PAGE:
Helping people out of poverty has been among UNIDO’s top priorities since its very establishment. For decades the Organization has been an effective helping hand – especially for the governments of the Least Developed Countries (LDCs), where poverty is an outstanding issue, with insufficient or no possibilities for those in need to make a sustainable living.
One such case is Mali – a land of internal conflicts and poverty, that – many would say – offers very little possibilities for its population. A wrong assumption, says UNIDO, pointing to a solution in Nature. In a tree, to be more specific.
The shea tree grows wild in nearly 20 countries in Africa and Mali has more shea trees than any of its neighbours. For centuries the shea tree and the butter produced from its fruits have been vital for the life of the rural communities in Mali – and mainly for the women, for whom the shea butter has been the centre of their life and survival.
UNIDO started work in Mali in 2008 – on shea butter projects aiming at women’s empowerment and securing a sustainable income for some of the poorest rural communities.
Although Mali has one of the largest areas of trees in the so-called “shea belt”, rudimentary production processes mean production generally hovers around 80,000 tons per year – far behind the estimated potential of 250,000 tons per year. At the same time, the country has tended to export the raw shea nut or butter through markets in Burkina Faso or Ghana rather than capitalizing on any value added for its own producers.
For these rural communities, which lie outside any kind of formal economy, shea butter is an increasingly important but still underdeveloped product. The women continue to harvest the fruit by hand from wild trees which grow in abundance across Mali’s red earth. They collect as much as they can carry, but about two-thirds of Mali’s shea harvest stays on the ground. The trees are spread out and the women have no other means of transporting their harvest than carrying it on their heads. The nuts are extracted, boiled, dried and shelled by groups of women and girls working together. They are then crushed, roasted and ground into a paste to make the butter.
This physically demanding process, however, has changed with UNIDO’s help. In a partnership with the Ministry of Women, the Ministry of Industry and UNDP, and with funding from UNIDO and the Government of Luxembourg, UNIDO has set up three pilot centres in Dioila, Sikasso and Segou regions. The five-year project is set to run until 2013 and costs around 1,000,000 euros. It reaches some 1,000 women across 100 of the poorest villages in the south.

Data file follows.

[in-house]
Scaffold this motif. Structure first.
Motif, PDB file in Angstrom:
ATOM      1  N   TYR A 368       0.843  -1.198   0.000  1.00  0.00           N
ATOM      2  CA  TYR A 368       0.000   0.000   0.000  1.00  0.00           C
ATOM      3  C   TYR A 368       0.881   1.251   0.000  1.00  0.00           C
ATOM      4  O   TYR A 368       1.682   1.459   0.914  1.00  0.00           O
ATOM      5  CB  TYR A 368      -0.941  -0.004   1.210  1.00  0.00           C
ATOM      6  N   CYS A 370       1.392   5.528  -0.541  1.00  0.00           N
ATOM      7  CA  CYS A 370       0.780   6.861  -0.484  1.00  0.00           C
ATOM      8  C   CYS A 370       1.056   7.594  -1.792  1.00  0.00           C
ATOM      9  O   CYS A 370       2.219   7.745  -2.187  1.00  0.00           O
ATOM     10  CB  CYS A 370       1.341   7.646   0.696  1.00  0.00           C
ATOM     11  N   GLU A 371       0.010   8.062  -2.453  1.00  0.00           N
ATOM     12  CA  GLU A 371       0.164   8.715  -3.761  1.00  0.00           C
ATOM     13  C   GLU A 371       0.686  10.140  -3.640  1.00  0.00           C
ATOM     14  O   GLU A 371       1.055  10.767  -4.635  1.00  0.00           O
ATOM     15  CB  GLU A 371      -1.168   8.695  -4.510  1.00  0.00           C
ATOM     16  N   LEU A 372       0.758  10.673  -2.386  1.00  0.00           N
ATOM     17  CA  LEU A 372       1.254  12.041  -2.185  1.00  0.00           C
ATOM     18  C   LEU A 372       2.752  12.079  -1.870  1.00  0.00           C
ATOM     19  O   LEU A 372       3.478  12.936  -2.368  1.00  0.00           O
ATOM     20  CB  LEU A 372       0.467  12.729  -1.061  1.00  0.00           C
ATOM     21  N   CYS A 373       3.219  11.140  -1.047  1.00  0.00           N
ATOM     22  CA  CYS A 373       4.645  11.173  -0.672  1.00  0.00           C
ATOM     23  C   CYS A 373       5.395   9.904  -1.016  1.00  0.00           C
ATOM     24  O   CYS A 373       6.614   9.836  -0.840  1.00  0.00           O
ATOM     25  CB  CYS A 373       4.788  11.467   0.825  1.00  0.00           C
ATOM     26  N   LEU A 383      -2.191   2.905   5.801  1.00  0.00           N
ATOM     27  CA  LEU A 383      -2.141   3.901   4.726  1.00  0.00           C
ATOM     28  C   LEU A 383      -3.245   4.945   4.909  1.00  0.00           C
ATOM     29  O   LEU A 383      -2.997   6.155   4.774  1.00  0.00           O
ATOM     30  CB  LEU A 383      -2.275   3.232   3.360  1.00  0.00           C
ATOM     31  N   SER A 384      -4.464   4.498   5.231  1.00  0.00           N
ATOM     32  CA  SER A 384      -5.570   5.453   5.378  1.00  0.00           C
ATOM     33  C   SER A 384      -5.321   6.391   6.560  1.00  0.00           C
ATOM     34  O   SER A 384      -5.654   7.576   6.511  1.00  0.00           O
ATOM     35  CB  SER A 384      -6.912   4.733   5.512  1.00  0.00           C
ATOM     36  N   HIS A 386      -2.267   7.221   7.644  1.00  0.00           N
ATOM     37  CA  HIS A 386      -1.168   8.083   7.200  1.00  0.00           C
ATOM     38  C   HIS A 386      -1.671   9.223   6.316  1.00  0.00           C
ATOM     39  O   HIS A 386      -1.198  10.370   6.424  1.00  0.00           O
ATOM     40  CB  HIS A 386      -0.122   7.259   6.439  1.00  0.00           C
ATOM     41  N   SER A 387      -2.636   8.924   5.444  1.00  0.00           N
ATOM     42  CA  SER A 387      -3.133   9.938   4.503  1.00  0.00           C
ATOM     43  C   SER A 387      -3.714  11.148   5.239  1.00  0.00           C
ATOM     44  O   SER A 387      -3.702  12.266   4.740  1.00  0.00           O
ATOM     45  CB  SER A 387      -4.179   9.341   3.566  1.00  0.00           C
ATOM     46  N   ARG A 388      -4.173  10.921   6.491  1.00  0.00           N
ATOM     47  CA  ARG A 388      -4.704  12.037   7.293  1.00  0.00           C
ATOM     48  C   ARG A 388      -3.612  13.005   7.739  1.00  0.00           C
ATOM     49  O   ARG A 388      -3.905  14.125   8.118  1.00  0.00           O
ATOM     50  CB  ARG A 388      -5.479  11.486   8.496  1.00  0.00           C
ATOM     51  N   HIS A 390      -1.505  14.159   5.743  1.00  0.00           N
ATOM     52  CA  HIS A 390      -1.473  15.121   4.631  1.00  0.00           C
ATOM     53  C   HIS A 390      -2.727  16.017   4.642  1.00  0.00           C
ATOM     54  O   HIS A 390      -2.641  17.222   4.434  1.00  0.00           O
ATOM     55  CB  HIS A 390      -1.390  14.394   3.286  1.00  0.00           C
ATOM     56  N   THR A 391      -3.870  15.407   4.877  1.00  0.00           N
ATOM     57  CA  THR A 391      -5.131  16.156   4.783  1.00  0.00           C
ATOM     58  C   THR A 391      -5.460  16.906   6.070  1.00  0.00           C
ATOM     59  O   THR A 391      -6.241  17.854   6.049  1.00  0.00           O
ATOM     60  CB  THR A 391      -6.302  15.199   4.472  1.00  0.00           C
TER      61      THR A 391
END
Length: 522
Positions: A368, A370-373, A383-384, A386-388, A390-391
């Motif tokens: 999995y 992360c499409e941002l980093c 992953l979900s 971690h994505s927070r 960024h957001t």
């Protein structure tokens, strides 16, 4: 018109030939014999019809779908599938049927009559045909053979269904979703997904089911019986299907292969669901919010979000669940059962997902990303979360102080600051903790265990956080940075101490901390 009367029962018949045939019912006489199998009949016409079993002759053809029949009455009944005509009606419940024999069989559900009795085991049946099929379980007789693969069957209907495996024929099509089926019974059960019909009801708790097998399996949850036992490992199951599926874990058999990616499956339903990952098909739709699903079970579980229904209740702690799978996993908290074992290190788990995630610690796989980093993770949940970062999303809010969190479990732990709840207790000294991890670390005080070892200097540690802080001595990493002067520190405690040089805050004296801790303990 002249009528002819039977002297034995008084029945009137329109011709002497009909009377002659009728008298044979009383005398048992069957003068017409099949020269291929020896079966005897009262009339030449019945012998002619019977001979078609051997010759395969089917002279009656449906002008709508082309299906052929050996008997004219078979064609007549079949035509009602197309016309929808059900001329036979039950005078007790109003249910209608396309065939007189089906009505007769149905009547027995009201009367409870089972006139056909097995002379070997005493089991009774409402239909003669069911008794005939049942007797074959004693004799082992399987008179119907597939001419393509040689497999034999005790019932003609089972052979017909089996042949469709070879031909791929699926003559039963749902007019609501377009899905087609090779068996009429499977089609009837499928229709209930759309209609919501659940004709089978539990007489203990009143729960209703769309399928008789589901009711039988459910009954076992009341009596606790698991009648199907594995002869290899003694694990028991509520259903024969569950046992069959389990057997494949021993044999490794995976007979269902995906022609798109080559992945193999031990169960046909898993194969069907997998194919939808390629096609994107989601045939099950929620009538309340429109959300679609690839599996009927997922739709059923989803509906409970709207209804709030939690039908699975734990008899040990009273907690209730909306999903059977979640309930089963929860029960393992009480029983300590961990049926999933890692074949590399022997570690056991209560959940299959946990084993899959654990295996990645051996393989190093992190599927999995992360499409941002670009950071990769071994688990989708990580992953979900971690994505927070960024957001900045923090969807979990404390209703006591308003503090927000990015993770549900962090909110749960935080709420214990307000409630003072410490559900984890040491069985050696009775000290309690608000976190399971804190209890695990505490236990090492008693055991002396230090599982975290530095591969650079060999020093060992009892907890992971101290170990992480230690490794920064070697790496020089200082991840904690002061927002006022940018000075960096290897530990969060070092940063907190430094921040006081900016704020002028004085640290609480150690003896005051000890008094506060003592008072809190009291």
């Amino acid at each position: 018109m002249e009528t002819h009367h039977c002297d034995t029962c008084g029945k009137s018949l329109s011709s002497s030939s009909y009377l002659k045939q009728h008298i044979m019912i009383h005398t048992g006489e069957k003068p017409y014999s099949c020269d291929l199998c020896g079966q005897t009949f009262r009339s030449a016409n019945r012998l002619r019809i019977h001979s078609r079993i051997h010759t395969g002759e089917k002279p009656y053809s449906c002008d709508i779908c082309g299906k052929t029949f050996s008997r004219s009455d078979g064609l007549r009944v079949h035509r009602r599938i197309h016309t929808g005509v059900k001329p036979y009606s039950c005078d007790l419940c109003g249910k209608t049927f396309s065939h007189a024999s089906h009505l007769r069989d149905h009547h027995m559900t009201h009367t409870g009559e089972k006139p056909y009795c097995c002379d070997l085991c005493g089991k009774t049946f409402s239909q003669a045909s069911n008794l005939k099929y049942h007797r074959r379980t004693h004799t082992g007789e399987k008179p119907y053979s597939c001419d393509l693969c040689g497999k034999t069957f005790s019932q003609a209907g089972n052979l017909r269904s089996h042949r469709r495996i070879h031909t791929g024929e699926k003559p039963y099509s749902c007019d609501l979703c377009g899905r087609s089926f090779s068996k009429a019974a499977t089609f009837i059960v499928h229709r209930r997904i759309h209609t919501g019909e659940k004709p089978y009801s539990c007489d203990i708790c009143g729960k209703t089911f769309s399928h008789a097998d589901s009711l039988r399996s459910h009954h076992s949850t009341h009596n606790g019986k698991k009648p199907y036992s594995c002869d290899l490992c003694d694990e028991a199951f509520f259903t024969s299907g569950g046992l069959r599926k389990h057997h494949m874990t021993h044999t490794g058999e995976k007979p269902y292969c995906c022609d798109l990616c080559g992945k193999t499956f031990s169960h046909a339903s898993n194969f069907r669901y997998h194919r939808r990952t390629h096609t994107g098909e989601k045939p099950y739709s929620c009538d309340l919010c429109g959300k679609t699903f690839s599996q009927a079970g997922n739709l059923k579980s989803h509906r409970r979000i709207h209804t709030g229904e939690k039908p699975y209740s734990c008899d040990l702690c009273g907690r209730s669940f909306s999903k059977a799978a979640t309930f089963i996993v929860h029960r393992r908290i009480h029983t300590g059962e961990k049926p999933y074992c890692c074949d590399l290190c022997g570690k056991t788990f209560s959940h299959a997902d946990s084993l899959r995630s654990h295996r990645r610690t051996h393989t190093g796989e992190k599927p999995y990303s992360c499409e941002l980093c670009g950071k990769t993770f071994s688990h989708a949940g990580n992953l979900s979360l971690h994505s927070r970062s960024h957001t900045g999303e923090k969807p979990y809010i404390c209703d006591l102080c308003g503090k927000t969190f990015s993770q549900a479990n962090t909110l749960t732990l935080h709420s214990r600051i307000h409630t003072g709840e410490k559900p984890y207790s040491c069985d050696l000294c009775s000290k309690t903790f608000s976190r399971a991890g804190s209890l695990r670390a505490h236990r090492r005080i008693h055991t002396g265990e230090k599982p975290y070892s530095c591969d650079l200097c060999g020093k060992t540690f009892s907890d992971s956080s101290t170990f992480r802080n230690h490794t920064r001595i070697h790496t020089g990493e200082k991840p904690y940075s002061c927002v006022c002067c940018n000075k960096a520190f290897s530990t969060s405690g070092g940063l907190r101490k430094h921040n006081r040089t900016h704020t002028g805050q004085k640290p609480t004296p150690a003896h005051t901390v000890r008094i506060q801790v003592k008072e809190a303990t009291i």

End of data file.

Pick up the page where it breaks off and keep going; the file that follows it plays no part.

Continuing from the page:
The south of the country is also where UNIDO managed to achieve the best results so far. In 2010, the Organization helped women from the women’s cooperative in Dioila attend the “Beyond Beauty” Exhibition in Paris. The participation was a huge success for the Mali women, because their products attracted a lot of interest from many international companies, among them the French Shea butter giant Chimitex. That interest resulted in a contract for the delivery of shea butter soap – 40 tons per year for 2011 and as of 2012 – 100 tons per year.
The partnership with Chimitex was facilitated by UNIDO through a close cooperation between the Agro-industries Branch and the Investment and Technology Promotion Office in Paris.
If successful, it should improve the living of around 300 women and provide a catalyst for other such ventures.
“Before the start of the project the women in Dioila were producing only shea butter cream of a relatively low quality. We changed this by introducing simple but effective techniques for better filtering of the shea butter, and we also showed them how to produce shea butter soap,” explains Bassel El Khatib, UNIDO’s project manager, adding that the women are still learning, but even in the process they manage to sell the production and make a good price out of it.
UNIDO’s efforts, with the strong support of the Government of Mali, have already helped to attract private sector investment into the women’s cooperative in Dioila, giving them for the first time direct access to the international market.
“The proof is their participation in the international exhibition and the consequent partnership Chimitex signed with the women’s cooperative – now an enterprise known as SIMALI Cosmetics,” adds El Khatib.
Although small in overall terms, the development is a breakthrough for Mali’s shea butter producers who have struggled both to gain access to international markets and to produce higher value products.
For the last ten years, UNIDO has been supporting the Government of Mali in its efforts to help rural communities better exploit the shea value, add potentials and improve the livelihoods of women who depend on this value chain for around 80% of their income.
Through the pilot centres in the south of the country, the Organization has been training on shea nuts processing technology, providing better production equipment for women’s shea butter cooperatives and helping them in organizing themselves and improving their management and marketing skills. It is also working to raise women’s awareness of international quality standards and on increasing direct market access – especially for higher value products made locally from shea butter.
The lessons learnt, particularly the good practices acquired from the pilot centres, have also allowed the Government of Mali to expand its national shea butter programme and establish shea nut processing centres in hundreds of villages. UNIDO experts believe that with more investment, the shea butter industry in Mali has huge potential for growth, which would impact not just the lives of women in rural areas, but also the overall economy of the country.
By Eva Manasieva Posted April 2011
For more information on the project, contact:
Bassel el Khatib UNIDO Project Manager